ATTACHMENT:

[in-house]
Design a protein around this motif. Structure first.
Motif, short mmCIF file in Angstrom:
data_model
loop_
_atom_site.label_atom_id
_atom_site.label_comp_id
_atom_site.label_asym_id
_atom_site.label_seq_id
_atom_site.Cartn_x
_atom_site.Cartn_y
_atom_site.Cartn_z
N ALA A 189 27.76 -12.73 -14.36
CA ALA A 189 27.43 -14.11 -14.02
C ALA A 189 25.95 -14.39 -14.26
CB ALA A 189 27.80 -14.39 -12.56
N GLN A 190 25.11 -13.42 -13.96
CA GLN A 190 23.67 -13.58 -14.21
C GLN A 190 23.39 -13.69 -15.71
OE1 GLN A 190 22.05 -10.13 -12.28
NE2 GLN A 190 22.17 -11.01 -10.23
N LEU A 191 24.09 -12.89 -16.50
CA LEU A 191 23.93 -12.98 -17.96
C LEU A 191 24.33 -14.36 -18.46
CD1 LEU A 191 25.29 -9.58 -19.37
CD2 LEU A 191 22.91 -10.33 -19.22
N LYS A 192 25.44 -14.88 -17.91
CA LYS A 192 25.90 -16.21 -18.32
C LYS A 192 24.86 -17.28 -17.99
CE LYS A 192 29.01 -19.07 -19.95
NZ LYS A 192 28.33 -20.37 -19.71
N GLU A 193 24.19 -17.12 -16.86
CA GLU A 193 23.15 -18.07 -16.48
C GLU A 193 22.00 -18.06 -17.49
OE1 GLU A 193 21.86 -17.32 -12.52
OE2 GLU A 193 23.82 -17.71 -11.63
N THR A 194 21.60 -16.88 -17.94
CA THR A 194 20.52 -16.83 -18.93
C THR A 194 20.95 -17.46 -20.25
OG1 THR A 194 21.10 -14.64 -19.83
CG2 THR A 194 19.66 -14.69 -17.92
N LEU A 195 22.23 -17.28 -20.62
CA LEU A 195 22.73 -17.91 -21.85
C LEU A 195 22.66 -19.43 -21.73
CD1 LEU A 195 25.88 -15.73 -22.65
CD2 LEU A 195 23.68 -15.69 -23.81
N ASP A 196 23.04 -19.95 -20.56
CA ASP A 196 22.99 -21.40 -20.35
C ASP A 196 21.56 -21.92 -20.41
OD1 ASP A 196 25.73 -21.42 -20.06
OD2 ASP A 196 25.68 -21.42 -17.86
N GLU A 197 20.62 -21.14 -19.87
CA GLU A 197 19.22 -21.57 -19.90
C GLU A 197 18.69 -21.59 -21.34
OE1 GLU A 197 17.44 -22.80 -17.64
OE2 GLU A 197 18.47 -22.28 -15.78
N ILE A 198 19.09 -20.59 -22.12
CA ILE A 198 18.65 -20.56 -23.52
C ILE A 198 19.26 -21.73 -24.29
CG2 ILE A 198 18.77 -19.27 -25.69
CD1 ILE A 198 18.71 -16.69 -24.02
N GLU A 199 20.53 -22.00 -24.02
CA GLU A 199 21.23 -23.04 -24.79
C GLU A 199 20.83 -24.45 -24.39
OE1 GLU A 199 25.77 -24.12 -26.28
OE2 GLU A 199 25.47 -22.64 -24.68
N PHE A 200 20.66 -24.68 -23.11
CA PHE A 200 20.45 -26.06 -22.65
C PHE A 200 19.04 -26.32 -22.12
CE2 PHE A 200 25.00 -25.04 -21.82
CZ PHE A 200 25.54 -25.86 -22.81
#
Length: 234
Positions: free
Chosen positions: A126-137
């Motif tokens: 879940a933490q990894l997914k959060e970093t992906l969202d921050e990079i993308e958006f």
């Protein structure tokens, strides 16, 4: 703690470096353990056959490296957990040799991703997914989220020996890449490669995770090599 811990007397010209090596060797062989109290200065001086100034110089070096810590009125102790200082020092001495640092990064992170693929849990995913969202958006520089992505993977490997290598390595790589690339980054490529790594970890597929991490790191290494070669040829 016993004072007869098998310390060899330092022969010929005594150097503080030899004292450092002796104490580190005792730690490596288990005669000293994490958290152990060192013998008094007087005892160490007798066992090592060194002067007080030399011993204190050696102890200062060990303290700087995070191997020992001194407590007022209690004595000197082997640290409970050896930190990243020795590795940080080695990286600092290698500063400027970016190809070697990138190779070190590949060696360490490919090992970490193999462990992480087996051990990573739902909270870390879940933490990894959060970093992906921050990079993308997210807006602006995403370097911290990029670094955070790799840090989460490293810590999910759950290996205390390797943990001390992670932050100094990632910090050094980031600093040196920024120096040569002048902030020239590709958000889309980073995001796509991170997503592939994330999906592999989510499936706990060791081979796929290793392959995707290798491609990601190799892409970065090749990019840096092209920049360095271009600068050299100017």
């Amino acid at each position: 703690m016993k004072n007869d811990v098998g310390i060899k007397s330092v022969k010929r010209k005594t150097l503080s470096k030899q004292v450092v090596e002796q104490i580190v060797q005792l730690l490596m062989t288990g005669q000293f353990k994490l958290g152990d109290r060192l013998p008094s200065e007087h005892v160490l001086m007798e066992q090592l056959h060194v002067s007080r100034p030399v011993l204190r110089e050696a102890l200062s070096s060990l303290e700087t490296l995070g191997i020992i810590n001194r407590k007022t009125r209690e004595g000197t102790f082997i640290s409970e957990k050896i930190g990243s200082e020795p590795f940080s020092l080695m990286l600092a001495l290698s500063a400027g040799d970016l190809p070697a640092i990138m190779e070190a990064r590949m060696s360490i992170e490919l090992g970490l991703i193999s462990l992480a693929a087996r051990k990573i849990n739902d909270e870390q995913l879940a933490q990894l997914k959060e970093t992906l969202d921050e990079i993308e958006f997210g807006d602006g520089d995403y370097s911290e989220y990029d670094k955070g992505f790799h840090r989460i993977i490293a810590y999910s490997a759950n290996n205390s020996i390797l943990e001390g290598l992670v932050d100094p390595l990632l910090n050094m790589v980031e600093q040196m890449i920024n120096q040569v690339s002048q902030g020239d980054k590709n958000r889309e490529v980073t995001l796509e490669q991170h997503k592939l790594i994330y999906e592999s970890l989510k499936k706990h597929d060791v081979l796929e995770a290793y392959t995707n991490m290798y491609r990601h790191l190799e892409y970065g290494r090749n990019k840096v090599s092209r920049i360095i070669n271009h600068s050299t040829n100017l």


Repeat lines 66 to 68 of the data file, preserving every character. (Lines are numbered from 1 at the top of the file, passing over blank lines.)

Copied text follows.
OE2 GLU A 199 25.47 -22.64 -24.68
N PHE A 200 20.66 -24.68 -23.11
CA PHE A 200 20.45 -26.06 -22.65